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Stu has his findings verified

November 18th, 2009 Leave a comment Go to comments
An authority on ancient pottery
An authority on ancient pottery
Question: Are your findings scientific?
Answer: For your information, my brother, Ron, took some of my findings (ancient pottery) to an actual university scientist who told Ron that, YES they do have a scientific name for these findings.  According to this scientist, these findings are called “droppings”.    I don’t need the establishment to tell me that my findings are legitimate  but for those doubters out there, ‘read it and weep’.  You can see me actually making these findings in a video that Ron made called,  ‘Stu Cranstence collects his findings’.
Thanks again to my brother Ron.  He enables me to do all the things I do!
Now you know!

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  1. Stu Cranstence
    November 20th, 2009 at 09:36 | #1

    I already told you I’m not going dog hunting with you. They are too endangered! What do think I am – a fool?
    And here’s another thing – I WON’T say “No” to drugs. I recently started taking a drug called, Stryreechlinstrall,
    and next I’m going to take a drug called Poisantin because I’ve got something called, “weak stream”. When I’m in the field I don’t have time for weak stream. Also, because of weak stream, I can’t go outside the perimeter to relieve myself – too dangerous to be out there that long. I prefer to relieve myself JUST outside the perimeter when possible (obviously not at night- NEVER leave the perimeter at night).
    You can call me Stu if you want but NEVER tell me to say “No” to drugs!

  2. Stu Cranstence
    November 20th, 2009 at 09:17 | #2

    I already know about these crocodiles from some of my earlier findings – MY findings. These crocodiles are very endangered so you should be very careful around them. Stay in the perimeter and you won’t have to worry about them. Question – How do you kill this kind of crocodile? Answer- Run over their head with your van (my brother, Ron can probably rent one for you). In one very famous incident thousands of these crocodiles somehow got inside a plane and started killing everyone. Fortunately the man was able to kill the crocodiles and save everyone.

  3. Dr. Kenneth Kenster
    November 19th, 2009 at 11:54 | #3

    Curious what Stu might have to say on this recent discovery….

  4. Stu Cranstence
    November 19th, 2009 at 10:04 | #4

    I know about ALL of those methods you mentioned. I could use any of them if I wanted to. But pardon me if I’m too busy IN THE FIELD making actual findings while you’ve got your head buried in a science book. For your information all my findings are at my brother Ron’s house, available for any of the “main stream” scientists to test as much as their little hearts desire. For your information one archeologist found a precious skull in a cave and a giant boulder came rolling after him and he barely escaped with his life. That’s called ‘field work’. Try it sometime, bookworm.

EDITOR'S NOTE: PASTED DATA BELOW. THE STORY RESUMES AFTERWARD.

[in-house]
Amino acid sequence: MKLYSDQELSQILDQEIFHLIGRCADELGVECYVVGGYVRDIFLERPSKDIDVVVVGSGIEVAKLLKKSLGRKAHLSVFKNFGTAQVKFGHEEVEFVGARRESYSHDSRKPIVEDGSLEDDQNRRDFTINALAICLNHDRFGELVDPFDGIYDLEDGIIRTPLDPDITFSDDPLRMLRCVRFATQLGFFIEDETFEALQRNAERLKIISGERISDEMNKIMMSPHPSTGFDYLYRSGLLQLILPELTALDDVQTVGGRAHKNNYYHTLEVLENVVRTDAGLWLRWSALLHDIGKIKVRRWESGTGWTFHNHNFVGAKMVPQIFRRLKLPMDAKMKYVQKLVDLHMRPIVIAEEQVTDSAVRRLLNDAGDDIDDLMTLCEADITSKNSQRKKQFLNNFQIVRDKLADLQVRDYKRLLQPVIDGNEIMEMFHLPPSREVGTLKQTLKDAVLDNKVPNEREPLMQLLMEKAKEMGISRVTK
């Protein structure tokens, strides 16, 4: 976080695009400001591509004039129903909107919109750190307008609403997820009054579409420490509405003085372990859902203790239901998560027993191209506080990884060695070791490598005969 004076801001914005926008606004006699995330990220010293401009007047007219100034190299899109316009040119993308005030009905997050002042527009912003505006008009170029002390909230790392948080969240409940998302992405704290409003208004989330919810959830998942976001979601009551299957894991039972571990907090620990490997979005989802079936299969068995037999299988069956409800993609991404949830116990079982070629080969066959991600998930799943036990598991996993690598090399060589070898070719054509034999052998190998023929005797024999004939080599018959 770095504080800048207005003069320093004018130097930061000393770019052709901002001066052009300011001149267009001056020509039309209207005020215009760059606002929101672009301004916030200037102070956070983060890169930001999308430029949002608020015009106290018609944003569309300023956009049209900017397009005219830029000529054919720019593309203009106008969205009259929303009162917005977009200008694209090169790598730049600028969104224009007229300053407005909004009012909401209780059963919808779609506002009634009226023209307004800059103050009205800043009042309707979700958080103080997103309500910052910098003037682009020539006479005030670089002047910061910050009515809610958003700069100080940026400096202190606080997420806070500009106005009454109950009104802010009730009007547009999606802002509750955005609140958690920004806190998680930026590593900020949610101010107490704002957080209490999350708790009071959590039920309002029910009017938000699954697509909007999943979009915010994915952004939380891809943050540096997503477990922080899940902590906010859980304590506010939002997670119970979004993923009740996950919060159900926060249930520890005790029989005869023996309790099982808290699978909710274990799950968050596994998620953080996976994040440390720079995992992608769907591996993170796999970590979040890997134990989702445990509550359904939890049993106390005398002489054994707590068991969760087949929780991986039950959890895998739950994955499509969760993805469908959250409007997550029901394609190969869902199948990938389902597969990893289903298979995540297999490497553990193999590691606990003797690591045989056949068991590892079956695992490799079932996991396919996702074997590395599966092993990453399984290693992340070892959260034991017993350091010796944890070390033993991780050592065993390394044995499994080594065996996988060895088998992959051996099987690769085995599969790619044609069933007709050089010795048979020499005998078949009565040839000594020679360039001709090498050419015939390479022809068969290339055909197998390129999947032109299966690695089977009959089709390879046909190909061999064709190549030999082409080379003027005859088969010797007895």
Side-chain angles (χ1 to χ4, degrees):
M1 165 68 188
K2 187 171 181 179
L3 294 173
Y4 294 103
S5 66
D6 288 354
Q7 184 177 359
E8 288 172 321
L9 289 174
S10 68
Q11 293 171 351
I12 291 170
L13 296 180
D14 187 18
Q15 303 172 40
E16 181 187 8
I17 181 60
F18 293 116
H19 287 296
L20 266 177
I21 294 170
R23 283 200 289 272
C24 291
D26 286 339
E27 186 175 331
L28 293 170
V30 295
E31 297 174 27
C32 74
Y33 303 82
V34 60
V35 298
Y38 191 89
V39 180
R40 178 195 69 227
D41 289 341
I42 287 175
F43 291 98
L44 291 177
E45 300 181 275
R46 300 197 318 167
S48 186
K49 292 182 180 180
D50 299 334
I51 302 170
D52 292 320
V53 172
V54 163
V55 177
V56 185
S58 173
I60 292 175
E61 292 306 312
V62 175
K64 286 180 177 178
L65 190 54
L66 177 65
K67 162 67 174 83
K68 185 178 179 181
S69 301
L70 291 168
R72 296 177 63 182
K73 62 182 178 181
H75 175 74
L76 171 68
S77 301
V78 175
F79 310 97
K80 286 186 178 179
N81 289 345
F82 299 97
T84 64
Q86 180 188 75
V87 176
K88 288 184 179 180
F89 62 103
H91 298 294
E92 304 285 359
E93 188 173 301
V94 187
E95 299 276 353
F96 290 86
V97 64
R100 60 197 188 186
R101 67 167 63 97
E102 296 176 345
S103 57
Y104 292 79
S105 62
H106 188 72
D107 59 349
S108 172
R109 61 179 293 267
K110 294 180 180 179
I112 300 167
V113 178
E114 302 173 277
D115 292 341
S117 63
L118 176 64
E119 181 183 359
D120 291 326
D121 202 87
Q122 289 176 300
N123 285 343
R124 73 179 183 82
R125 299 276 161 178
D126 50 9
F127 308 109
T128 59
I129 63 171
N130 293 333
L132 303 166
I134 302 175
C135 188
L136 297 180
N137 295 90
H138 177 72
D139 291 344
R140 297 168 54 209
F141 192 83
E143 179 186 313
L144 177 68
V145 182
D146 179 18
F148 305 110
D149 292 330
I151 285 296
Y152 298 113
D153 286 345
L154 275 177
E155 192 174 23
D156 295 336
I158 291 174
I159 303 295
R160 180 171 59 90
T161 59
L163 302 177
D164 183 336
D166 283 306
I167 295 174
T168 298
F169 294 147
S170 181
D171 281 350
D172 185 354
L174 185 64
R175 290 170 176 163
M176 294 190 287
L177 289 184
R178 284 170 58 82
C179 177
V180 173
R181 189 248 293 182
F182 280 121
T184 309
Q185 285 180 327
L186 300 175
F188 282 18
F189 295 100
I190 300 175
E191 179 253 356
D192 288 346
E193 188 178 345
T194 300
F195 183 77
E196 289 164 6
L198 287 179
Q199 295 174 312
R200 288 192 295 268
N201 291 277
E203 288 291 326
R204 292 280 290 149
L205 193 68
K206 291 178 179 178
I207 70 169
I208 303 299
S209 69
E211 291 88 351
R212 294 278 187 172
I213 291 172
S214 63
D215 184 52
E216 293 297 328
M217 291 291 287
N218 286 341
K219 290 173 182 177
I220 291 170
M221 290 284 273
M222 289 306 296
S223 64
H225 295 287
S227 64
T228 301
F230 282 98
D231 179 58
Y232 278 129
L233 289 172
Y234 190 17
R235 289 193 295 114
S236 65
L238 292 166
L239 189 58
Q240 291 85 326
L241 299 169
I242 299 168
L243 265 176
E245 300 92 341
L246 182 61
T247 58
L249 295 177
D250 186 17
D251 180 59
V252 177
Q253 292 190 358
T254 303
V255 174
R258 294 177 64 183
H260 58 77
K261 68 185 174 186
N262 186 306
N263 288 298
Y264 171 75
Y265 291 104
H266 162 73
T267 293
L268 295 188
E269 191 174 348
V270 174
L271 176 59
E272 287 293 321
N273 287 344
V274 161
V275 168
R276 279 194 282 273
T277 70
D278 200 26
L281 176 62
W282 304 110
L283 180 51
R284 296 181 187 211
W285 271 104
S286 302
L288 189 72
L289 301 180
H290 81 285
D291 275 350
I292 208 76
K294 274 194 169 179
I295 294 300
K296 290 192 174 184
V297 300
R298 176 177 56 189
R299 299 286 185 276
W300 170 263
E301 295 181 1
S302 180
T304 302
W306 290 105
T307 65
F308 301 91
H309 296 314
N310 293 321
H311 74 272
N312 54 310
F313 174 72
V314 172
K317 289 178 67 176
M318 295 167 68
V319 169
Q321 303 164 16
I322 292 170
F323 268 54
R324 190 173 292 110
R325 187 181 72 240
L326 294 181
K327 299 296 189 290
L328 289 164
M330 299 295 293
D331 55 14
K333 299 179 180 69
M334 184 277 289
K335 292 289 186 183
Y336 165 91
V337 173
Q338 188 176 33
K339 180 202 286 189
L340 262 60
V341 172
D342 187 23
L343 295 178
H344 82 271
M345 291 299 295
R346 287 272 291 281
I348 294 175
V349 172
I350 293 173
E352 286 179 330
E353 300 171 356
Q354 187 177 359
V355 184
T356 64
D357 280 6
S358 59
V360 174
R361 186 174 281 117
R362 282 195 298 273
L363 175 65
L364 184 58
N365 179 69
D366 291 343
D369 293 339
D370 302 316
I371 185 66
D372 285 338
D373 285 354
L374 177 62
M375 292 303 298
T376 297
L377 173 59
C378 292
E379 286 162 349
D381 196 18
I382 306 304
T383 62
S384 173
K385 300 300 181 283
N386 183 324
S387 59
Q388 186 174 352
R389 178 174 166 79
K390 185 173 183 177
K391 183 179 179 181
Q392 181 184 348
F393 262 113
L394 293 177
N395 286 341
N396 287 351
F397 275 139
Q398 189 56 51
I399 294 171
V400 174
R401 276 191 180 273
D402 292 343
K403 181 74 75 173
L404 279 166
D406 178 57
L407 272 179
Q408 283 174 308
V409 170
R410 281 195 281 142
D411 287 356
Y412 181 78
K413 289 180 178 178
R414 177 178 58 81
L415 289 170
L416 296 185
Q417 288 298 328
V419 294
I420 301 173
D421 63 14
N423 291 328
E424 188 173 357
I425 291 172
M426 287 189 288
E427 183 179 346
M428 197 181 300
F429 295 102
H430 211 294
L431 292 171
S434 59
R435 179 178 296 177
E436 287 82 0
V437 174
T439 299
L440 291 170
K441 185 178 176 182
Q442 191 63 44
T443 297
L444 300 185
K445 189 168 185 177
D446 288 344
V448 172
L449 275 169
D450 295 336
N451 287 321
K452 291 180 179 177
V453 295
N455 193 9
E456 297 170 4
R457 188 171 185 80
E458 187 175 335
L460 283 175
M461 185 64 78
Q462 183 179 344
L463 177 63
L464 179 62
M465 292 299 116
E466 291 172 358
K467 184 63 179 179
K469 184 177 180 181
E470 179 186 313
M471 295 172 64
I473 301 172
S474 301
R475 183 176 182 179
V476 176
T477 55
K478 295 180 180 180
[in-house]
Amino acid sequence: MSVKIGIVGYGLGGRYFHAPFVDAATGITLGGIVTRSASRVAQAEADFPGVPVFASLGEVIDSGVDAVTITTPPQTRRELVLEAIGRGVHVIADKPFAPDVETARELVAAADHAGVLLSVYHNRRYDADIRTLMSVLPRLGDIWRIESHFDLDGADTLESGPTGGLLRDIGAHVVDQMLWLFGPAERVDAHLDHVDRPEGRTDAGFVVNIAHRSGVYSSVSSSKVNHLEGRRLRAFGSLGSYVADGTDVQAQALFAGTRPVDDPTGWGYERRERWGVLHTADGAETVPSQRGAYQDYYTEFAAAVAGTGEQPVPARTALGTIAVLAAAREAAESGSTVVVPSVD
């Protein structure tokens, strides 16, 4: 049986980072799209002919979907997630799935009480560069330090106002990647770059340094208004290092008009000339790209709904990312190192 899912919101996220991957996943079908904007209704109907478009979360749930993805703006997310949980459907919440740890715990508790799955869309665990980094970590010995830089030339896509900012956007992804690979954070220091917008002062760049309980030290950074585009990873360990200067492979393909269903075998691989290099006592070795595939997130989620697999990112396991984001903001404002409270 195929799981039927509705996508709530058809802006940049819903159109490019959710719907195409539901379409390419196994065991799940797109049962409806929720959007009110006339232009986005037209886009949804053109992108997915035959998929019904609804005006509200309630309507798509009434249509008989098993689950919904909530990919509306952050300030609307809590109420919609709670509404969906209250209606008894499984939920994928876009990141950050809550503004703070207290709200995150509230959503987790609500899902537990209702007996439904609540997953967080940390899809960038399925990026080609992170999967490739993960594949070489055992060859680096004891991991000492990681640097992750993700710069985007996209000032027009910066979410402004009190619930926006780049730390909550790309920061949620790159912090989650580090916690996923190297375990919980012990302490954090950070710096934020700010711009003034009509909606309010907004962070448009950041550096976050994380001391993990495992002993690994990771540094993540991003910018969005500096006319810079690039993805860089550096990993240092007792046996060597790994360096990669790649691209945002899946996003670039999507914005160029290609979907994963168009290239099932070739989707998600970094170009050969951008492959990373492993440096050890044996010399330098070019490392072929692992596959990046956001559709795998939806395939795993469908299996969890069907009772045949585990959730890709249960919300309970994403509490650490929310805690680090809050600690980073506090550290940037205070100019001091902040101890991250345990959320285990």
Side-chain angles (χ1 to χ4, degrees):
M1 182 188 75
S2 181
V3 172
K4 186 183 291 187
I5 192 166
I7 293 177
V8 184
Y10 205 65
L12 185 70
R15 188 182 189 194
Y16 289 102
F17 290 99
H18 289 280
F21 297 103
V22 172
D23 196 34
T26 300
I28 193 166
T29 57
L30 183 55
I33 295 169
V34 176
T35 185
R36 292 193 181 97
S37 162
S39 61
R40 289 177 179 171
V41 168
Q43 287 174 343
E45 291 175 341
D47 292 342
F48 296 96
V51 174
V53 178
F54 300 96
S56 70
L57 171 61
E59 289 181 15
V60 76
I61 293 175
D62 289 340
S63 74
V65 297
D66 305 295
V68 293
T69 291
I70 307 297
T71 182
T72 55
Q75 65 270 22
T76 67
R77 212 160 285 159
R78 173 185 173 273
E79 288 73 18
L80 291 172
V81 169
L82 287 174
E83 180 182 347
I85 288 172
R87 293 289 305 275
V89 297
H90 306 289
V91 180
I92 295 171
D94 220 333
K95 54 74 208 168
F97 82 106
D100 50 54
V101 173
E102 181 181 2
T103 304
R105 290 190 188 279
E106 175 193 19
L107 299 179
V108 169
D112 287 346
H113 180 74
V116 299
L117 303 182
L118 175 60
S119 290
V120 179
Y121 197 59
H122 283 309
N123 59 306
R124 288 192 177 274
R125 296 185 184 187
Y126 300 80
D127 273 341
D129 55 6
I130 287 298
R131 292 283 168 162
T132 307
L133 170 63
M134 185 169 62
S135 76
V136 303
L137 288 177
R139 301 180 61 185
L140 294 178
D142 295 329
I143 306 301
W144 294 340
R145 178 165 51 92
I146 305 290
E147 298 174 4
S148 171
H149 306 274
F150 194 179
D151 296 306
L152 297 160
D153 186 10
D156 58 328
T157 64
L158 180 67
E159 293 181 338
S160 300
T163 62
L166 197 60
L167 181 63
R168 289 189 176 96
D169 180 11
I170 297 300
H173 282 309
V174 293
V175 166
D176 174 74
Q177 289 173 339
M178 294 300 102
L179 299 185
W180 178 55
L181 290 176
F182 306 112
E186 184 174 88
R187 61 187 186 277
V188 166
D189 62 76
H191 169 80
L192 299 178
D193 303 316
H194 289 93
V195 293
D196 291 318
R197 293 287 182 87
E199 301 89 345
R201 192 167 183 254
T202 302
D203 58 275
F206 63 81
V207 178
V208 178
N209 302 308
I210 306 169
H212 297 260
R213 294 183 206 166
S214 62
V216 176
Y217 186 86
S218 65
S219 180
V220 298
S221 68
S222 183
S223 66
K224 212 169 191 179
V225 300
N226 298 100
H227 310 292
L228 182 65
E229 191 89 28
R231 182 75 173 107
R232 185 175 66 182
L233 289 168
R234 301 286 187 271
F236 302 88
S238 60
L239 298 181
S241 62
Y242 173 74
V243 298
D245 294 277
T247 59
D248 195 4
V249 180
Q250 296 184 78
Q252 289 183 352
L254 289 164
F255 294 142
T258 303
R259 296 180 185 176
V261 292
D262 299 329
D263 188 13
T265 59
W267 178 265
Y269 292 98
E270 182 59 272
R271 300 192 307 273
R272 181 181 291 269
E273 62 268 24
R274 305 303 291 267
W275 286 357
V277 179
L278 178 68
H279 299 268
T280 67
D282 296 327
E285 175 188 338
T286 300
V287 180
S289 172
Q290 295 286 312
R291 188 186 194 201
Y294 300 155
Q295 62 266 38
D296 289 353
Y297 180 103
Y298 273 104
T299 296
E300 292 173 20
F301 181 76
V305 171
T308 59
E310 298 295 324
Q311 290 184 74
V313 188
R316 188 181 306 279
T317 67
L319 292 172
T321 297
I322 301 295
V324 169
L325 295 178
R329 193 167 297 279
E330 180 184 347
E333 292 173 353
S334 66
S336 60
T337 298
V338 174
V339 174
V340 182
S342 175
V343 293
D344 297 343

Stu Cranstence

  5. David
    November 18th, 2009 at 19:05 | #5

    I tried thermoluminescence dating, and it was a scam. I sent in a pictue
    of my self and a check for $45.00 and I never heard back from them. So I went to their office, but they had moved. There was a sign on the door, that said where they had moved to. That address was a vacant building.
    I emailed “DOG The Bounty Hunter”, to see if he could help, but his agent said he was to busy. He’s got people, all over the world needing his help. But he sent a Cool poster of him.
    Hey! I just had a thought, You and “The Dog” are in the samefield, “findings”. Only his findings are high on drugs.
    Say NO to Drugs Stu. Can I call you Stu?
    P.S. Do you think they could tell it was a old picture of myself, before the hair loss.
    P.S.II Where’s the spell check?

  6. Ken Austin
    November 18th, 2009 at 18:27 | #6

    Dear Stu,
    I have been in the field of Archeology for many years and somehow have not heard of you to date. I have just been thinking about the various methods for absolute dating of archeological materials such as radiocarbon dating, dendrochronology, thermoluminescence dating, hydration dating, racemization, potassium-argon dating, lead-210 dating, and archeomagnetism to mention a few. I am just curious what dating method you prefer and why? I am always interested to hear what other researchers are doing and their preferred methods.
    Dr. Kenneth Kenster
    Southwest Archeological Institute

  7. Ron
    November 18th, 2009 at 12:41 | #7

    Stu, call me, the car rental place called and said you damaged the van. They said there was some stuff stuck up in the wheel well.

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